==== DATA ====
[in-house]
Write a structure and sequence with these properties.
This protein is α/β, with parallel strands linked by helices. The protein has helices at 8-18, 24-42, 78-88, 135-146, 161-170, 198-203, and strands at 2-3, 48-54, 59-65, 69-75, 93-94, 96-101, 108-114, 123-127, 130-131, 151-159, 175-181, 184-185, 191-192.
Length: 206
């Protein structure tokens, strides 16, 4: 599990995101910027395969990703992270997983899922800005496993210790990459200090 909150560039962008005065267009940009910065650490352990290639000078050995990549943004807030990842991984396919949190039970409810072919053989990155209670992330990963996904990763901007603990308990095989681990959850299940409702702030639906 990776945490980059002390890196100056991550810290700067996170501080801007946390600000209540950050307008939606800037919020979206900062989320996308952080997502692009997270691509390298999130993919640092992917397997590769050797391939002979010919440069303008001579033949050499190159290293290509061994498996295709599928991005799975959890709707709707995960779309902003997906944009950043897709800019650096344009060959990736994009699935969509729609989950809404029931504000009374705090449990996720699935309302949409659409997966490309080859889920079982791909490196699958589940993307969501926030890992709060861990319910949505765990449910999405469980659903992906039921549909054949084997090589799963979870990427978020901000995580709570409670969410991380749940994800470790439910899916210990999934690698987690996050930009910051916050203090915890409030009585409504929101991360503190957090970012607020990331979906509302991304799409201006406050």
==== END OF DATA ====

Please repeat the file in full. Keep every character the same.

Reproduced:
[in-house]
Write a structure and sequence with these properties.
This protein is α/β, with parallel strands linked by helices. The protein has helices at 8-18, 24-42, 78-88, 135-146, 161-170, 198-203, and strands at 2-3, 48-54, 59-65, 69-75, 93-94, 96-101, 108-114, 123-127, 130-131, 151-159, 175-181, 184-185, 191-192.
Length: 206
């Protein structure tokens, strides 16, 4: 599990995101910027395969990703992270997983899922800005496993210790990459200090 909150560039962008005065267009940009910065650490352990290639000078050995990549943004807030990842991984396919949190039970409810072919053989990155209670992330990963996904990763901007603990308990095989681990959850299940409702702030639906 990776945490980059002390890196100056991550810290700067996170501080801007946390600000209540950050307008939606800037919020979206900062989320996308952080997502692009997270691509390298999130993919640092992917397997590769050797391939002979010919440069303008001579033949050499190159290293290509061994498996295709599928991005799975959890709707709707995960779309902003997906944009950043897709800019650096344009060959990736994009699935969509729609989950809404029931504000009374705090449990996720699935309302949409659409997966490309080859889920079982791909490196699958589940993307969501926030890992709060861990319910949505765990449910999405469980659903992906039921549909054949084997090589799963979870990427978020901000995580709570409670969410991380749940994800470790439910899916210990999934690698987690996050930009910051916050203090915890409030009585409504929101991360503190957090970012607020990331979906509302991304799409201006406050």